Statins may protect against C. difficile infections
Use of statins appears to confer a protective benefit against the development of Clostridium difficile infection (CDI) and improve CDI treatment success, according to a study. However, its benefit on mortality remains unclear.
“Although there remains a paucity of data, we have presented preliminary evidence reviewing the impact of statins on CDI development, treatment success, and mortality, which suggest some benefit to statin use in terms of CDI development and treatment success,” the investigators said.
The database of Medline was searched for English-language literature from 1964 through January 2019 using the following terms: statins, HMG-CoA inhibitors, Clostridium difficile, Clostridium difficile associated diarrhea, and Clostridium difficile infection. The investigators identified additional references from review of literature citations. Studies that examined the effects of statin of C. difficile-related outcomes were included in this review.
Eight studies met the eligibility criteria, all of which were retrospective in design. Five studies reporting the association between statin use and CDI development found that statins could potentially lower the risk of developing CDI if the patients were already using the HMG-CoA reductase inhibitor. One study demonstrated an improved treatment response against CDI with the use of statin. [J Pharm Pract 2020;33:497-505]
Three studies assessed the association between statin use and mortality from CDI, but only one reported a significant mortality benefit in statin users.
“A growing body of evidence exists supporting statin use for various mechanisms outside of cholesterol-lowering activity, including for the prevention and treatment of infections via anti-inflammatory and immunomodulatory properties,” the investigators said. [J Pharmacol Exp Ther 2000;294:1043-1046; Surgery 2006;139:283-287; Nat Rev Drug Discov 2005;4:977-987; Annu Rev Pharmacol Toxicol 2005;45:89-118]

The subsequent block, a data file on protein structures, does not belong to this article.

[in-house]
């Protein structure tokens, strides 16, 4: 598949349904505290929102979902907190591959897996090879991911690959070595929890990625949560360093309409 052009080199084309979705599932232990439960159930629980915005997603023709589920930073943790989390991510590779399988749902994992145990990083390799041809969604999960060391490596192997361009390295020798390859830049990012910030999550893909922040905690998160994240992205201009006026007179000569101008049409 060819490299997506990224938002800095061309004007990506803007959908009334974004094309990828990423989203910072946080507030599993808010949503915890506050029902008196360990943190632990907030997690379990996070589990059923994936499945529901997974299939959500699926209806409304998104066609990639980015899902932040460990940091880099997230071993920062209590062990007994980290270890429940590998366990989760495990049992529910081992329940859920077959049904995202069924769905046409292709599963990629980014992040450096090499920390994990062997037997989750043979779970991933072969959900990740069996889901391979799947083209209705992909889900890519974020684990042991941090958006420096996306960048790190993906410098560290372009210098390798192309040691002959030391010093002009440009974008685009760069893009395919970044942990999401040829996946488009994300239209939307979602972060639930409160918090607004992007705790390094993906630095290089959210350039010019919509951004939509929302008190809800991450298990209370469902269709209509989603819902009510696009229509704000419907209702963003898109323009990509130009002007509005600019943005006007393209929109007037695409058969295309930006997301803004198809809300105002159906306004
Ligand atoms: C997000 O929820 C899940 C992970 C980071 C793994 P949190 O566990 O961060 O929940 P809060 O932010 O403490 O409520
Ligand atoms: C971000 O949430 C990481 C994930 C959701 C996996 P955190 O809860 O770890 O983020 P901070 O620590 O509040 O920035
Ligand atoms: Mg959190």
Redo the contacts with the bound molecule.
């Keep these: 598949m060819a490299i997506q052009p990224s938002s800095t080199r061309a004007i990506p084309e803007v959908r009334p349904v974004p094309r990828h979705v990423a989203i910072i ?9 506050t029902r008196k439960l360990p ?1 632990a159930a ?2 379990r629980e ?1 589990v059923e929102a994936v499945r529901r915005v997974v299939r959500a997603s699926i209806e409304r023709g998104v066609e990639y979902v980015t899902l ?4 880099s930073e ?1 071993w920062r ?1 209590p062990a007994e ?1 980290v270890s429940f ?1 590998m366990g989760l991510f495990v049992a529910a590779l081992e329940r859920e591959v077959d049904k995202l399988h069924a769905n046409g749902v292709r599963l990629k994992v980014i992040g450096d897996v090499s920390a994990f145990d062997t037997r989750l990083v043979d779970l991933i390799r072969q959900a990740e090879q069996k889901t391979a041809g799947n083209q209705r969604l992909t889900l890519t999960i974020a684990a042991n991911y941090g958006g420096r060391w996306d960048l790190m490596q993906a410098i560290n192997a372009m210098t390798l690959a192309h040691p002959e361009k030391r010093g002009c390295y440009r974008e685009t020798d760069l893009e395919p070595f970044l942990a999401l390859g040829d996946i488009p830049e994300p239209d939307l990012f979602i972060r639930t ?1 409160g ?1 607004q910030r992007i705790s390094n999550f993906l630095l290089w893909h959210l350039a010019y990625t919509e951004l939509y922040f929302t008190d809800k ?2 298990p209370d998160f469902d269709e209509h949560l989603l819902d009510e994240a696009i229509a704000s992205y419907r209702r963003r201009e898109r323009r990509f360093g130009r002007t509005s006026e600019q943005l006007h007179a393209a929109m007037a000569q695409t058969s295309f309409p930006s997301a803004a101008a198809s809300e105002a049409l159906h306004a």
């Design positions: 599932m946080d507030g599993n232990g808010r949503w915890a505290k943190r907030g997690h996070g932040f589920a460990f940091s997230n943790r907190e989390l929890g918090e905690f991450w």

One of these mechanisms is via statin-induced inhibition of isoprenylation of Rho GTPase proteins. The Rho pathway works as a signaling switch for downstream cell cycle changes. It can affect the functions of endothelial, vascular smooth muscle, inflammatory cells, and platelets. [Circ Res 2005;97:1232-1235; J Am Heart Assoc 2015;4:e002113]
“Paradoxically, Rho inhibition decreases the inflammatory effects caused by CDI, [but the] presence of C. difficile toxins may also stimulate cytokine-induced inflammation as part of the immune process,” the investigators noted. [Toxins (Basel) 2015;7:5254-5267; J Biol Chem 2000;275:9725-9733; Glycobiology 2007;17:15R-22R]
“Since C. difficile toxins and statins both affect Rho GTPase proteins, among others, there might also be unspecified interactions that may affect the toxigenic effects of CDI,” they added.
The current review was limited by the retrospective nature of the studies included and the wide array of outcomes. Although numerous studies showed the protective effects of statins in reducing the risk of CDI development, several aspects of the trials needed consideration, according to the investigators.
“Larger, prospective studies are needed to confirm current results and identify the specific population that may benefit the most from this intervention,” they added.